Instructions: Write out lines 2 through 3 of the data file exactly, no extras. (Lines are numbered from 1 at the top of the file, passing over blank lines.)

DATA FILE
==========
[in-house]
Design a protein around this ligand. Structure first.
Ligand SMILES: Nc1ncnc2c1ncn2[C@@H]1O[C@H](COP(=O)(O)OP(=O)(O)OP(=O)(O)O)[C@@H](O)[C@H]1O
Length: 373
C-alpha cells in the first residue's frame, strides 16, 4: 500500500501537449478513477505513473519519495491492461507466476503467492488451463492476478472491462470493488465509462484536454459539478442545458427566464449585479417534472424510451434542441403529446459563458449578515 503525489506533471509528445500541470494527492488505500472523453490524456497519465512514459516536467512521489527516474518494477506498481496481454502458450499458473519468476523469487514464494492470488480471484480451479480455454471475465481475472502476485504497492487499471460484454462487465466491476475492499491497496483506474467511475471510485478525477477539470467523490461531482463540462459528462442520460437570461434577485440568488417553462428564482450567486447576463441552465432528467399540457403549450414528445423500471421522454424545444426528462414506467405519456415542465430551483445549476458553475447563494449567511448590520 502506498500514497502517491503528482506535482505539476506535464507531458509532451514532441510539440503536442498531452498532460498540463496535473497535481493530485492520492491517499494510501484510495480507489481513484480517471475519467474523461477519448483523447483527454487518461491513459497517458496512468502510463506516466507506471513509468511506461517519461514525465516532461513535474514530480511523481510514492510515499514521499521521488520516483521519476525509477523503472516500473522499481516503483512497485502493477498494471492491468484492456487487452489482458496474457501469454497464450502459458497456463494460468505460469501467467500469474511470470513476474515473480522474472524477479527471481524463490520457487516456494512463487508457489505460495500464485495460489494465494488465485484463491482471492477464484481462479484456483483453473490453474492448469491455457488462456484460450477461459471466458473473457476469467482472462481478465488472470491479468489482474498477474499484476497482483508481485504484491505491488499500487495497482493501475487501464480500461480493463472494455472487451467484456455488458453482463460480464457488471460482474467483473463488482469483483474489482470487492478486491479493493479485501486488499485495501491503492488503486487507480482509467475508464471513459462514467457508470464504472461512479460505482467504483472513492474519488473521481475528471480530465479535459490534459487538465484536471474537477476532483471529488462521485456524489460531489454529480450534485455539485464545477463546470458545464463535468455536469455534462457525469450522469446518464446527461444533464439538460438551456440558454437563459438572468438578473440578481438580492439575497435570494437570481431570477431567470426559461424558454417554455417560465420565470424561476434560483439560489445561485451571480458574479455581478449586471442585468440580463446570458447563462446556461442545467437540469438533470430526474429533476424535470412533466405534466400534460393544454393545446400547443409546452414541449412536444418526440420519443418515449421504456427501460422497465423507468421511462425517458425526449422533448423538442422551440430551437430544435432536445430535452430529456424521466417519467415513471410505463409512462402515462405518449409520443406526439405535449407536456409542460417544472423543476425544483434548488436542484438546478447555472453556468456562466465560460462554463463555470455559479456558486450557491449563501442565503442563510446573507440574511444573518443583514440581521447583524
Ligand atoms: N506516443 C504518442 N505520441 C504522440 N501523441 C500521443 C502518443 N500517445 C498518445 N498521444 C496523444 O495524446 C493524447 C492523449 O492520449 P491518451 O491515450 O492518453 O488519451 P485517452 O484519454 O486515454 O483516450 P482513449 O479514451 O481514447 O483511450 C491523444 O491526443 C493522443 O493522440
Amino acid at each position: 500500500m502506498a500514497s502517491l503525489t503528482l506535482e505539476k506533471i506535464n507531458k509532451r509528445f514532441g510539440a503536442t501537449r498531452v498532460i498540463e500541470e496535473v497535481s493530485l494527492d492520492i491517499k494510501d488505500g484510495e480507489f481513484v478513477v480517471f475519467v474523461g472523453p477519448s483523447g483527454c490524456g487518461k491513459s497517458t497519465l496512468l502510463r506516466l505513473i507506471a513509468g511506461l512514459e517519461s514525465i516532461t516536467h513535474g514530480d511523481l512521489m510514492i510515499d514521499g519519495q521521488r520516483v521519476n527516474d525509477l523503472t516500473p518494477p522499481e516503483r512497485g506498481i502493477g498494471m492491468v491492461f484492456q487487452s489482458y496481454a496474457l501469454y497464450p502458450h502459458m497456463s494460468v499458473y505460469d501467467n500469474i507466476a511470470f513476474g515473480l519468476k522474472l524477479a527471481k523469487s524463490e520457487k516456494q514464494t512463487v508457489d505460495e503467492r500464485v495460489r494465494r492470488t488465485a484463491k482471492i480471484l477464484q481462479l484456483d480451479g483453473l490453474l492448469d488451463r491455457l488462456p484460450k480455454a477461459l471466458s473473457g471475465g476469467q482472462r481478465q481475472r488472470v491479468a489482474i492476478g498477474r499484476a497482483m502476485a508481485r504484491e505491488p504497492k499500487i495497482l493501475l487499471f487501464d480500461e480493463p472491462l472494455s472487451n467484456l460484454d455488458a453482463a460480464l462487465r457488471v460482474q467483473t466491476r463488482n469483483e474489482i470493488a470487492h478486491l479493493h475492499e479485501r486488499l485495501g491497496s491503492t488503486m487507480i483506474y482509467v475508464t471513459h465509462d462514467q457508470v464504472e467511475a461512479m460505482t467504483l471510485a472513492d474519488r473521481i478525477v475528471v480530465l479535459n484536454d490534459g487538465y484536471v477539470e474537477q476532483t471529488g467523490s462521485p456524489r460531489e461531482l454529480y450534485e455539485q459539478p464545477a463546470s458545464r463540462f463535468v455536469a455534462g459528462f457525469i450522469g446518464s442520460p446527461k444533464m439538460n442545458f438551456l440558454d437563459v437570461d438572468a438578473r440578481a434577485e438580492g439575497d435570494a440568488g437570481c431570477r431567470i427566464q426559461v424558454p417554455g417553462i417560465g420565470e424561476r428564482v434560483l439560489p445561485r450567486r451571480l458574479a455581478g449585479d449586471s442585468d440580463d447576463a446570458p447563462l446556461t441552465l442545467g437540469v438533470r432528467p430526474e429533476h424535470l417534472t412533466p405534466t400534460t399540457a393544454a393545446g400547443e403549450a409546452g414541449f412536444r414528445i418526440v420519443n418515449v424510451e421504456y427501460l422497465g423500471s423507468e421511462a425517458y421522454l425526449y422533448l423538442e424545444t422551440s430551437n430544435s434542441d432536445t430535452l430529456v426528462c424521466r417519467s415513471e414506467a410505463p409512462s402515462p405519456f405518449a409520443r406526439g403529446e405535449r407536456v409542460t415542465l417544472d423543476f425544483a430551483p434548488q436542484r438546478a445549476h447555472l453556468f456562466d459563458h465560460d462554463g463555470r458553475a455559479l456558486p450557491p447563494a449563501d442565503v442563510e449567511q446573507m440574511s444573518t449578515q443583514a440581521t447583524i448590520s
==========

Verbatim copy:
Design a protein around this ligand. Structure first.
Ligand SMILES: Nc1ncnc2c1ncn2[C@@H]1O[C@H](COP(=O)(O)OP(=O)(O)OP(=O)(O)O)[C@@H](O)[C@H]1O